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Hey All,

I've been listening to a lot of podcasts with Aron Snyder and John Dudley and they speak on being a student of archery. I have been trying to learn as much as I can about how to work on my bow and build arrows without actually performing the tasks yet. Two reasons for that:

1. I don't have the equipment yet
2. I live in NYC so each time I would tweak something its not like I can walk outside and shoot a group of arrows to see how my adjustments impacted the shot.

I've been trying to listen and read up as much as possible so when I do get my own equipment I can give it a go. Does everyone here who works on their own bows and build their own arrows just royally mess up in the beginning and then figured it out little by little? I am trying to understand what impacts what, but I am more confused each time I read something without actually doing it and seeing the results in real life. Any advise is appreciated.

BK
 

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No reason to mess up at all if you do your home work, the info is out there. No reason you can't shoot in the living room and down the hall.
Better yet, find a job somewhere better than NYC (hard to find anywhere worst IMO) and pack your stuff and roll! Some where with green trees and wild acres, and animals to look at and shoot and eat! Somewhere that you can shoot outside. Somewhere they don't pile the garbage on the sidewalk and speak english! You are being taxed to death and can't afford to buy a house. I live in the mountains of NC and can shoot bows and guns in the yard and trout fish about 60 yards behind my house that I own (paid cash) I have a garage fully set up to work on cars, guns, reload, and a complete archery shop. Get in your car (if you have one, NY you know) and go someplace nice!
 

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I've never really, really messed up such that equipment was ruined so I'd say go for it. It's doubtful that a person who has the will to learn will not be able to get proficient at working on their own gear and building arrows pretty quickly. My two biggest goofs were (1) I backed out the limb bolts on a BowTech Guardian one time before I had a bow press and had to take it in for repair and (2) I drew back an Elite Answer after working on it and forgetting to replace the draw stops! Not fun, but I had a press and got it unlocked pretty easily.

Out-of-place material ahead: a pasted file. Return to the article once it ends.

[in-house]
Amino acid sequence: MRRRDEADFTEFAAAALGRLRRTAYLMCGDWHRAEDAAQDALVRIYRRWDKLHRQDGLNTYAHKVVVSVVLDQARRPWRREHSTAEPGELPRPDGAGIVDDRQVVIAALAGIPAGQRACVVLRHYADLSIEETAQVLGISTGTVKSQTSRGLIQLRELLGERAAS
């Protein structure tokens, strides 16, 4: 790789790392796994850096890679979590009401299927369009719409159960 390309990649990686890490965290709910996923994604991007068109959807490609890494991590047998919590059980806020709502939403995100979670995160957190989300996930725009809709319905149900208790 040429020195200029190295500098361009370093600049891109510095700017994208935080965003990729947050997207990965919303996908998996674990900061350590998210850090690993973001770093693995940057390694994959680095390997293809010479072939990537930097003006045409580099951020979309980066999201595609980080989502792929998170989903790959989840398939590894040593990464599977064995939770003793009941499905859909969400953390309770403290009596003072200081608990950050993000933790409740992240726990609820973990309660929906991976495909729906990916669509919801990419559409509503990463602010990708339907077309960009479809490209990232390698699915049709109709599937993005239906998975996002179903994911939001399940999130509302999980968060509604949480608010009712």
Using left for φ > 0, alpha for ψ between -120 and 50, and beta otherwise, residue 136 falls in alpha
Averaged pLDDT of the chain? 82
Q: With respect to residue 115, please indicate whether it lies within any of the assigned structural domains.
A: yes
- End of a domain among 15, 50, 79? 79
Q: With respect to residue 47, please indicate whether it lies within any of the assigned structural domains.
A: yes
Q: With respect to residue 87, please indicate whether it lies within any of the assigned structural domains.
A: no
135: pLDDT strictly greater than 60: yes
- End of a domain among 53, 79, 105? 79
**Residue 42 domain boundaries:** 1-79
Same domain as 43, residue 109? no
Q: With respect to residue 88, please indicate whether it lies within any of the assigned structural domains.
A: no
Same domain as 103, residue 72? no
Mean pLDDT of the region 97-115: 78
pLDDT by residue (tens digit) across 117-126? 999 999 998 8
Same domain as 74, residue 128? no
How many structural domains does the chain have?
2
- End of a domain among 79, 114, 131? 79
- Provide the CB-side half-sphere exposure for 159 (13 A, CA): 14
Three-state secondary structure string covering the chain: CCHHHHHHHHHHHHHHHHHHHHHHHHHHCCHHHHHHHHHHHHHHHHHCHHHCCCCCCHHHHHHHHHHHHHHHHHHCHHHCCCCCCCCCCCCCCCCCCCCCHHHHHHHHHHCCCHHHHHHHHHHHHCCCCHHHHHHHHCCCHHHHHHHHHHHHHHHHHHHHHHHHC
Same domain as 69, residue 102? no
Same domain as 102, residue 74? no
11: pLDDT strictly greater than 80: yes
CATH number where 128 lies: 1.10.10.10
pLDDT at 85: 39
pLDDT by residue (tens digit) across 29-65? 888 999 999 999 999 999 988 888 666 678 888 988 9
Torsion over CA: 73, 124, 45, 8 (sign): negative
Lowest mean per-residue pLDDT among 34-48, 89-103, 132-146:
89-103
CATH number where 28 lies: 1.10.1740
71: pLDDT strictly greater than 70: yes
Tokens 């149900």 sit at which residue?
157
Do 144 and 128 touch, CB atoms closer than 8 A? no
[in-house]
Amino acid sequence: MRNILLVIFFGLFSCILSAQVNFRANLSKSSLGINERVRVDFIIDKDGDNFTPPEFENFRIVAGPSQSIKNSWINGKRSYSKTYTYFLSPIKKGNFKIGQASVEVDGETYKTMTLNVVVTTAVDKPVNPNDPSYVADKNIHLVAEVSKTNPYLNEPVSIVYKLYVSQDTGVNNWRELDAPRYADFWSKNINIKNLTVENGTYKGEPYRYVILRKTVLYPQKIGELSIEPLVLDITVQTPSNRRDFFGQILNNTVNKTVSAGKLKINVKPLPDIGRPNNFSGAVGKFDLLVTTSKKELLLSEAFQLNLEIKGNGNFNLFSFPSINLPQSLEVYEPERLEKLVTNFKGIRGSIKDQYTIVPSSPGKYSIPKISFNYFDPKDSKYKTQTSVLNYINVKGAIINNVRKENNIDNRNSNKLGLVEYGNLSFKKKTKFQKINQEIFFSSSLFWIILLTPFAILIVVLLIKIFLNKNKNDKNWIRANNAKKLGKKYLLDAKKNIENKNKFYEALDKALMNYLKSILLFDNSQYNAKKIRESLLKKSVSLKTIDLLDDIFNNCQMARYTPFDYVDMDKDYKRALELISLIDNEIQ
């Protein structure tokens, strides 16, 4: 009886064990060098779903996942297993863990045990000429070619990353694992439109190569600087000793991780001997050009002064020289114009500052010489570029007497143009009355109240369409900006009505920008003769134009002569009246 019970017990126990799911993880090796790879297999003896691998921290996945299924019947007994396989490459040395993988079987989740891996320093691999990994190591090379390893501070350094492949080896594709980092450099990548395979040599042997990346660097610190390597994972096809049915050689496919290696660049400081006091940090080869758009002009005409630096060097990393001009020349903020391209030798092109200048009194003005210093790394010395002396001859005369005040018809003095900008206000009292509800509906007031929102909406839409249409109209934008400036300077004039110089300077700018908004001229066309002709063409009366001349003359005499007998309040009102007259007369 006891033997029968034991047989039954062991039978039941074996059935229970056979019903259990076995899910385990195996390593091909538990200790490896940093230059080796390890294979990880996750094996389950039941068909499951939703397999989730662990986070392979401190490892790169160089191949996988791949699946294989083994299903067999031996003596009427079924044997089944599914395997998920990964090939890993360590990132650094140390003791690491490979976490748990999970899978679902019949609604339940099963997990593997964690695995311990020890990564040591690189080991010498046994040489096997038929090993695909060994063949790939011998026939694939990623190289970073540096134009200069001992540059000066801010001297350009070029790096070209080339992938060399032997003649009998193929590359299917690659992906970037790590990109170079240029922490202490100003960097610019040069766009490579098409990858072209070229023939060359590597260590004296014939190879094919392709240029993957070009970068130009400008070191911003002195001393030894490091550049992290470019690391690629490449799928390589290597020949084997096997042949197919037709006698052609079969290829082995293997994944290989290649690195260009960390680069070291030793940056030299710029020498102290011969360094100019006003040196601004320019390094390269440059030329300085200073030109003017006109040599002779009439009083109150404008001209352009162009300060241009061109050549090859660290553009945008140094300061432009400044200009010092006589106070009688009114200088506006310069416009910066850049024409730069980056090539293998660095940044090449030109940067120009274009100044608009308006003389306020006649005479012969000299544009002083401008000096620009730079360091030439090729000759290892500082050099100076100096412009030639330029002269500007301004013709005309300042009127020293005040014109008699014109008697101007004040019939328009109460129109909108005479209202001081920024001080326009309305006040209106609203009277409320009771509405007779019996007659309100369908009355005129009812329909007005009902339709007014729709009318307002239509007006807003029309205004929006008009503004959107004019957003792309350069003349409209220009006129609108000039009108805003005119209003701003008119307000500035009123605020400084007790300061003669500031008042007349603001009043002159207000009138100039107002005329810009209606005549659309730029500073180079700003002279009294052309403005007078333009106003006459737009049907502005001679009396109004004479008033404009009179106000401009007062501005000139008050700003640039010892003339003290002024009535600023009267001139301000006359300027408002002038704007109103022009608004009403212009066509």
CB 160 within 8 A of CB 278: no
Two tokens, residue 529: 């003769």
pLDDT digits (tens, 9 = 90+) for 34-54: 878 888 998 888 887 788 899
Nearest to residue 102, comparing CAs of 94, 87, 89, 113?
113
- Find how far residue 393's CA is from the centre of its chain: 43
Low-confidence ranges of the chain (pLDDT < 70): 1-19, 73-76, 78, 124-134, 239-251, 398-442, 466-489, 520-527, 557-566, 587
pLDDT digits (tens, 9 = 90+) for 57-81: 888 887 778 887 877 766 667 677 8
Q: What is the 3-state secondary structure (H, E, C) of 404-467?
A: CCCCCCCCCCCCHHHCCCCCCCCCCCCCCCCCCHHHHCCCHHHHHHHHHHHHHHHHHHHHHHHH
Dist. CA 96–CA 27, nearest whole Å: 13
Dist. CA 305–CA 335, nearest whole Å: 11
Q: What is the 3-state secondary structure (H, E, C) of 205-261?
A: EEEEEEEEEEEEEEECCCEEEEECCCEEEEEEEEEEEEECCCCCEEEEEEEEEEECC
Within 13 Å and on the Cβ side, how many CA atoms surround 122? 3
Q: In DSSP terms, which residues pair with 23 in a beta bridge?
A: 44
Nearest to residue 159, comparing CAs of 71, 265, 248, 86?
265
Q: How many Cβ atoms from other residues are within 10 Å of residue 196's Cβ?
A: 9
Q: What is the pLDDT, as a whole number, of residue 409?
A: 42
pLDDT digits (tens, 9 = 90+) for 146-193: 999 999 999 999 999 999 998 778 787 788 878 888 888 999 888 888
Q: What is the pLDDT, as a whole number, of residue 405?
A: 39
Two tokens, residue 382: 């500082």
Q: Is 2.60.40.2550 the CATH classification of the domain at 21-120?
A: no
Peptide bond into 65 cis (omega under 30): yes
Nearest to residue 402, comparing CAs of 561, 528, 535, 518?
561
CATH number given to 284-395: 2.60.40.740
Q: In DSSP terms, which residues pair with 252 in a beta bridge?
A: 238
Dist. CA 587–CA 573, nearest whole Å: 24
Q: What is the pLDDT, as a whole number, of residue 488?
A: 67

Just be careful regardless what press you end up buying. I personally think that the only way to go is buy a press that works by compressing limb tips. If you do that, you still need to make sure that every bow you put in that press is properly positioned and always ensure the string and cables are in the proper position prior to letting the bow down.

Indeed, YouTube is a wealth of info on how to perform most bow work and tuning. I hear your pain about living in the city in a place you can't "test your work". I doubt NYC police would be too thrilled with a neighbor's call that Robin Hood was on the porch launching arrows!
 

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I live in San Francisco, so have a close analogy. You can work on your bow and build your own arrows for under $400 all in:

-Synunym portable bow press ($100) -- don't let this fool you, this thing works amazing, this is my primary bow press and I've used it to completely build 3 bows
-Draw board -- build your own (<$50) or buy the nice one from lancaster on sale ($150-$200)
-Arrow saw -- for low volume (aka you and me, not a shop) any of the $100 models work. Or just buy arrows from somewhere that will cut them for a buck or two if you're really desperate
-A nice quality solid foam target (square) ($100ish) -- If you shoot a bareshaft and fletched next to each other it functions the exact same as paper tuning.

I do all my work on the kitchen counter and shoot my arrows about 10 feet into the target (set on top a dresser). If you get a bareshaft deadnuts parallel with a fletched (a la ontarget7's method for tuning) at that distance you are doing very well. You'll be able to spot differences in even the most minute adjustments this way.

The beauty of this setup is you throw it in your car and drive to an archery range (or put "press" in your backpack) and you can finalize any tuning on the spot. I actually save time that way compared to most guys here in suburbia with a full room and a "shop style" press, they have to go home to make changes.

Screwing up stuff? It's pretty darn straightforward. Almost everything you do (other than cutting arrows, or maybe epoxy if you don't use super glue/hot melt) is easily reversible if you track what you did (e.g. this many twists here, tied that way, cut off d-loop, change rest height, etc etc). Get in there man! It's a blast. GUARANTEED your setup will be better than what you get at a "pro shop" at a bare minimum. I also order all my own stuff online now which saves me the dreaded slog all the way to the pro shop for the tiniest thing (unless it's hoyt or matthews I have to drive 1+ hour from SF)
 
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